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Leberkäse (help·info) (German, literally means 'liver cheese'; sometimes spelled Leberkäs or Leberka(a)s in Austria and the Swabian, Bavarian and Franconian parts of Germany and Fleischkäse in Saarland, Baden, Switzerland and Tyrol) is a specialty food found in the south of Germany, in Austria and parts of Switzerland, similar to bologna sausage. It consists of corned beef, pork, bacon and onions and is made by grinding the ingredients very finely and then baking it as a loaf in a bread pan until it has a crunchy brown crust.
Leberkäse is said to have been invented in 1776 by the cook of Charles Theodore, Elector of Bavaria, although this story has been heavily contested. The name "Leberkäse" literally translates to "liver-cheese" even though in Bavaria the dish traditionally contains neither liver nor cheese. Linguists believe that the etymology of the word either involves the Middle High German word lab (to clot) or the word laib (loaf), and the Slavic root quas (feast).
According to German food laws, only products called "Bavarian Leberkäse" are allowed not to contain liver; otherwise, there must be a minimum liver content of 4%. Some local variants must contain even more liver; for example, the liver content of "Stuttgarter Leberkäse" must be at least 5%. The type without liver is normally called Fleischkäse (meat cheese) if it is not made in Bavaria.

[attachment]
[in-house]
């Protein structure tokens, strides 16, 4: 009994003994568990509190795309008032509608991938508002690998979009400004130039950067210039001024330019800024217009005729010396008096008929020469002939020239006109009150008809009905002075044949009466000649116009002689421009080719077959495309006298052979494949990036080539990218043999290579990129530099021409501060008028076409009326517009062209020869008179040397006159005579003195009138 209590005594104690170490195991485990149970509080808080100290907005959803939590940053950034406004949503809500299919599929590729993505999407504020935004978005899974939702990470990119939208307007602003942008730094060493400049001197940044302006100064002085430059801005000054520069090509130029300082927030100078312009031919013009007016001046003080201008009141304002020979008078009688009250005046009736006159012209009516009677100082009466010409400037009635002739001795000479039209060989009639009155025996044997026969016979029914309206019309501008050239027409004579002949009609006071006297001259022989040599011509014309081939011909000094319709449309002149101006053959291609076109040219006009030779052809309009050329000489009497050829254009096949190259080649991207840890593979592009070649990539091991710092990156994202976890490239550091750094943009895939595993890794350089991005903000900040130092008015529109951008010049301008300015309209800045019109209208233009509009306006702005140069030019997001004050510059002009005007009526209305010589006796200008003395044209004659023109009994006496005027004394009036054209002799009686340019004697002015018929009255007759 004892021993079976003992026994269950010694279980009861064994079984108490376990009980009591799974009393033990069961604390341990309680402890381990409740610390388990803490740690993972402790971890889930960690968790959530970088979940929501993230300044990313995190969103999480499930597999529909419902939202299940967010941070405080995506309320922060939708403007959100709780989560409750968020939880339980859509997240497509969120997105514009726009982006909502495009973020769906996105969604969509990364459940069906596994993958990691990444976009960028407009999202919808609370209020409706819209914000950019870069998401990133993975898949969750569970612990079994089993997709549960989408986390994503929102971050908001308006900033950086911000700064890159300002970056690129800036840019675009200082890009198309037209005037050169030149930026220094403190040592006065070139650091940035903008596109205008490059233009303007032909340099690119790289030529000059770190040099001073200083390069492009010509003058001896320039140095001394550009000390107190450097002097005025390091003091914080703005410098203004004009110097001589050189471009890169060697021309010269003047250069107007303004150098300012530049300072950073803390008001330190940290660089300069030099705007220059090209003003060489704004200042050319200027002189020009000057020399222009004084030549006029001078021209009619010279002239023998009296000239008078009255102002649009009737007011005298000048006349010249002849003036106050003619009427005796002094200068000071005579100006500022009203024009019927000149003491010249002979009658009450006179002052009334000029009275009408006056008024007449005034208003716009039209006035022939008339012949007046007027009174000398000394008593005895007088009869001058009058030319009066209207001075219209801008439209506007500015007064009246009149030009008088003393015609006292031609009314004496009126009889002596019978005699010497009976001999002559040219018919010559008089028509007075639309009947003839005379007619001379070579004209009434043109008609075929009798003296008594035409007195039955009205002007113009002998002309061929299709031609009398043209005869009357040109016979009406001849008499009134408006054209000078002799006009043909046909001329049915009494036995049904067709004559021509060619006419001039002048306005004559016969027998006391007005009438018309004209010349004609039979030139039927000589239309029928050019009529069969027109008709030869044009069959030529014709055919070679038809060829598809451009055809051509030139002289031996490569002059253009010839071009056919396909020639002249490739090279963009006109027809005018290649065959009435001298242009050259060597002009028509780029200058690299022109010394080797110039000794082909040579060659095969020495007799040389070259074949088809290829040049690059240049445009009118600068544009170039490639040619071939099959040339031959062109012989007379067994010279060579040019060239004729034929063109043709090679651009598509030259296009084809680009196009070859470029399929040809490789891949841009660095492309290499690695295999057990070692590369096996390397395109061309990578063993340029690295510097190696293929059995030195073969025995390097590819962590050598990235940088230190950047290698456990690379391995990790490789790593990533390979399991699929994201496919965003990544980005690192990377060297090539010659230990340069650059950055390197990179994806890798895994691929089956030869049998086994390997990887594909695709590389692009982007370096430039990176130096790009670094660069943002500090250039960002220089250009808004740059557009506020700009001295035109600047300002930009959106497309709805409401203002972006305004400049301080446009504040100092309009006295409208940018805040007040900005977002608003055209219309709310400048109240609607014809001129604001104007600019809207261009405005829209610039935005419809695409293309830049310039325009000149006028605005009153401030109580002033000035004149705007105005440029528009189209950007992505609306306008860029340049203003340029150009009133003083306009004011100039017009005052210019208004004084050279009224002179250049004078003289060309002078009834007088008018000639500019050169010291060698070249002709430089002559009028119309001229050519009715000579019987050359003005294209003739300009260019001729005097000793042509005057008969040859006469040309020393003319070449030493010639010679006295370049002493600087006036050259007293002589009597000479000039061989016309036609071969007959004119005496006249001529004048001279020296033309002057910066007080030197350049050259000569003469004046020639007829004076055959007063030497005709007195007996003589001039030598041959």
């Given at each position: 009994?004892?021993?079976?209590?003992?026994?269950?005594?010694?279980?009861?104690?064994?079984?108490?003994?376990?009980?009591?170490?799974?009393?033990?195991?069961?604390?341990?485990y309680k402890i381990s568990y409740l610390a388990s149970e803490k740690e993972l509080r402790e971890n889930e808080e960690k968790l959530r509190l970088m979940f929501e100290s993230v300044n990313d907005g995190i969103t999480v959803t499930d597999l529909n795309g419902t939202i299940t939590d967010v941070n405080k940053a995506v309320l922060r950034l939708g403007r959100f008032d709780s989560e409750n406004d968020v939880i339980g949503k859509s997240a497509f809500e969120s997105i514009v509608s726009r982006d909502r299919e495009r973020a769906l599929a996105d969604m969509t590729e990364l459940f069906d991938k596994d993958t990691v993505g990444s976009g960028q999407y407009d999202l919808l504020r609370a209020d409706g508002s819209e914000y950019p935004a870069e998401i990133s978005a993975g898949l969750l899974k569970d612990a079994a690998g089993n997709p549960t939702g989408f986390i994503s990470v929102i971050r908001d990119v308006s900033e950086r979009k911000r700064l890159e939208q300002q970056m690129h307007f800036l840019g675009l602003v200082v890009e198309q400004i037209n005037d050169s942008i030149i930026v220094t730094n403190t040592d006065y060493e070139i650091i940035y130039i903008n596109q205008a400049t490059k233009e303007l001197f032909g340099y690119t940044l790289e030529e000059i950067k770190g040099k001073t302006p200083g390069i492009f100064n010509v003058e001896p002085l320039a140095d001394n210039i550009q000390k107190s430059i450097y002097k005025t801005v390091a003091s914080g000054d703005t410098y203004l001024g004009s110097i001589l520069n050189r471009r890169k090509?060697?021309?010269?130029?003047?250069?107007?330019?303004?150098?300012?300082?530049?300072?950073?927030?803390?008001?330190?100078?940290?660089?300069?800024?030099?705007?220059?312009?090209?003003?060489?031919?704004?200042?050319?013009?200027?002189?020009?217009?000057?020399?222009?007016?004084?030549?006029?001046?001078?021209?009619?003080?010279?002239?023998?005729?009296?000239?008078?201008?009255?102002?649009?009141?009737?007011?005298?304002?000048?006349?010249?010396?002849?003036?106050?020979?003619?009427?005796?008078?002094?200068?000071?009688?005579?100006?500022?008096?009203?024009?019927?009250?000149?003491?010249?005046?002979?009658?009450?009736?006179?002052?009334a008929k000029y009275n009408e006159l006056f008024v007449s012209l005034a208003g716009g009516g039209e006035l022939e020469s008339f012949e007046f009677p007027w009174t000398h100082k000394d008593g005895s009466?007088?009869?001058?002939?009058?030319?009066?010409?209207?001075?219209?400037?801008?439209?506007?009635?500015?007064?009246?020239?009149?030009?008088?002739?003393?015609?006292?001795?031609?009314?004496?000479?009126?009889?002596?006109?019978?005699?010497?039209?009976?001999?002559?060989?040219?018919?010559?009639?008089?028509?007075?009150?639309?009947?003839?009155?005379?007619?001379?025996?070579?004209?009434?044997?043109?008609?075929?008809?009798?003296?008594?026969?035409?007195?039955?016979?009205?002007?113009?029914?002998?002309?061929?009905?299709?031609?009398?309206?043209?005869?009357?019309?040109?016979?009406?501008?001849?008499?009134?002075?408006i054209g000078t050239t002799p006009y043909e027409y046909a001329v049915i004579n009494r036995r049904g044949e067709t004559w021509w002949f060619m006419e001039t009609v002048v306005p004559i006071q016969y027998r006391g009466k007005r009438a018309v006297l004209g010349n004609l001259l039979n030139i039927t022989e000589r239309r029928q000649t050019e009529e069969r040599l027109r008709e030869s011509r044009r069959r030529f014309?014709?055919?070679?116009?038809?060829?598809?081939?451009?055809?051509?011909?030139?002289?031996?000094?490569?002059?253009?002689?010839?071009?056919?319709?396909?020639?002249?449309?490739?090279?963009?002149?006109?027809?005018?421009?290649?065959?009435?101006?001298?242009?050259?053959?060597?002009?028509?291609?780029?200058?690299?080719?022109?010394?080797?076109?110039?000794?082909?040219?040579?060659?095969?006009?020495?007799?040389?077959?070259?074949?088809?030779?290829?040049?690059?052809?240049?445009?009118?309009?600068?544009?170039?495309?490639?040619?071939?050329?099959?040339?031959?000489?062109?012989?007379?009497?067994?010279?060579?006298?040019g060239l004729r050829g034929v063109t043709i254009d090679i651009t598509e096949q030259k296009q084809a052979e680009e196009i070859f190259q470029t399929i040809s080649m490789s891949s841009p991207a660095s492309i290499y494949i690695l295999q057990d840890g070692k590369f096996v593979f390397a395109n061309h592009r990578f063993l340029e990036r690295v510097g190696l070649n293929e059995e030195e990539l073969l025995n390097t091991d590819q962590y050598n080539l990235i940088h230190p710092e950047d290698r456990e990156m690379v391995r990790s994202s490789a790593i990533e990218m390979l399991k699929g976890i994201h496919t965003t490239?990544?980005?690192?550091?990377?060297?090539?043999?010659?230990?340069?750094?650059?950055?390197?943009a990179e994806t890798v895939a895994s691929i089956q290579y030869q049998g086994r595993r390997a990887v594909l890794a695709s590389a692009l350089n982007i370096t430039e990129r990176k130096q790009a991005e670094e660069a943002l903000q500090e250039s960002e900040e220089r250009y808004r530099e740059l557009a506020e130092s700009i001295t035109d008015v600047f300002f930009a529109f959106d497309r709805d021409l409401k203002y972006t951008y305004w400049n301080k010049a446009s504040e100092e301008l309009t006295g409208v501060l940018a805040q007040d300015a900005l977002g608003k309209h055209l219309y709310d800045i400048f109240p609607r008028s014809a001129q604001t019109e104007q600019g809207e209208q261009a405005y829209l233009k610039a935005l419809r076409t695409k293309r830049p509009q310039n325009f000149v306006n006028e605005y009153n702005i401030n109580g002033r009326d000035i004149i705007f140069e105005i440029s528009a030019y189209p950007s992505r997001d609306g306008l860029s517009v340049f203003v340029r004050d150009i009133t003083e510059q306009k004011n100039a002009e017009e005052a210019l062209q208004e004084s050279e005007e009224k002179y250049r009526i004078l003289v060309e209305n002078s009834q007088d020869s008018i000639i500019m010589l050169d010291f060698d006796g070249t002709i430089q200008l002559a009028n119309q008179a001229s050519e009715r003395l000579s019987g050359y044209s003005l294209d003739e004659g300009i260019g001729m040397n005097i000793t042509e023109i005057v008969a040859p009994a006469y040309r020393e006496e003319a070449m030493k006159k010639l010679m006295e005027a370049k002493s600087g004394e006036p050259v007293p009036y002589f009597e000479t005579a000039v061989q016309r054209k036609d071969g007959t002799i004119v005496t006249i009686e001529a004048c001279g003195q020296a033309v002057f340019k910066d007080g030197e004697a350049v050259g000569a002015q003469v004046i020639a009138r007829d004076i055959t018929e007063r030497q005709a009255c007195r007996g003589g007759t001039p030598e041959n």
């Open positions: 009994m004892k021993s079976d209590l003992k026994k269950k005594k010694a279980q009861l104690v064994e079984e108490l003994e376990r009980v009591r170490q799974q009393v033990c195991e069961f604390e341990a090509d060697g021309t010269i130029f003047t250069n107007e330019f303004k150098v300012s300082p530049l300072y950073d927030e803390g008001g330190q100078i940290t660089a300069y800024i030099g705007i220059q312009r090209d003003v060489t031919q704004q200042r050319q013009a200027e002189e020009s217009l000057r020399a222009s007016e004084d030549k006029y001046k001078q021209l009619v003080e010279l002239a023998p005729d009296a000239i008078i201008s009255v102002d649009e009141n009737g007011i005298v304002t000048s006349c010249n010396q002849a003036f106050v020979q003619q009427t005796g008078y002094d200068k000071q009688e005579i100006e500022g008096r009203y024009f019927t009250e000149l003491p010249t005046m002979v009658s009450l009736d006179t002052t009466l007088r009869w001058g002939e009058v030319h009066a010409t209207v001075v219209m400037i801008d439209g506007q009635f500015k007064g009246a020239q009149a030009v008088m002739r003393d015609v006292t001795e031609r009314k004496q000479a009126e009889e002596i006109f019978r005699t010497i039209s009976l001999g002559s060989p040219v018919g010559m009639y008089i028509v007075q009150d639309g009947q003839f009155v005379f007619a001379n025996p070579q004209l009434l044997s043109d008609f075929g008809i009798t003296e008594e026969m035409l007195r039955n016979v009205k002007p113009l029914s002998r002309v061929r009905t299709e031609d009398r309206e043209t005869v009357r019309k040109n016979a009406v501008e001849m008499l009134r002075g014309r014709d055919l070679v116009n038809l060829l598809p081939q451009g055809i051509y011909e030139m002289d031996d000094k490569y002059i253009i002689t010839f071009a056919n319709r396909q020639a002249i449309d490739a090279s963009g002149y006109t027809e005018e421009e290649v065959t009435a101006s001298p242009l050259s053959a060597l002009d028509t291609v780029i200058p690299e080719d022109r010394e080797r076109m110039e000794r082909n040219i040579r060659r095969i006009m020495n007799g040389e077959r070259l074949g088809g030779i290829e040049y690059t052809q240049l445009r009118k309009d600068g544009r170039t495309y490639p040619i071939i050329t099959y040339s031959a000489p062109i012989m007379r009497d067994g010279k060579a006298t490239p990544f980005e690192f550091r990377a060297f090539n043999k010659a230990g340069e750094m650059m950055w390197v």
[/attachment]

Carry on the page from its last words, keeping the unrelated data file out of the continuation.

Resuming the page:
Methods of eating
Leberkäse is traditionally enjoyed a variety of ways, including:
- Most of the time it is served on a semmel (bread roll) while still hot and traditionally seasoned with mustard. The result, generally called Leberkässemmel (or Leberkäsweckla in the Franconian parts of Bavaria), is a staple of South-German and Austrian fast food stalls, butcher shops and supermarkets.
- Cut into approximately finger-thick slices, usually served with süßer Senf (Bavarian sweet mustard) and soft pretzels, Sauerkraut or Kartoffelsalat (potato salad).
- Pan-fried ("abgebräunt" or "gebraten", browned), in which case it is commonly accompanied by a fried egg and German potato salad, or Bratkartoffeln (home fries) and sometimes spinach. This is a very common Biergarten dish.
- Cold, cut into very thin slices and used on a variety of sandwiches, usually seasoned with pickled cucumbers.
- Two slices of Leberkäse with a slice of ham and cheese in the middle are dipped into eggs and coated with breadcrumbs and then fried in the pan. This variant is called falsches Cordon Bleu.
Known variants include:
- Käseleberkäse, which adds small pieces of evenly distributed cheese to the mix
- Pikanter Leberkäse, which adds small pieces of pickles and paprika pepper bells
- Pizzaleberkäse, which adds cheese, cut bell peppers, pickles and small cubes of salami, also known as Pizzakäse or for its similarity to pizza.
- Pferdeleberkäse (German Pferd = horse), which is indeed made of horse meat, otherwise not widely consumed in the German language area. Popular in Vienna, Austria.
In addition, many butchers have invented their own unique varieties.
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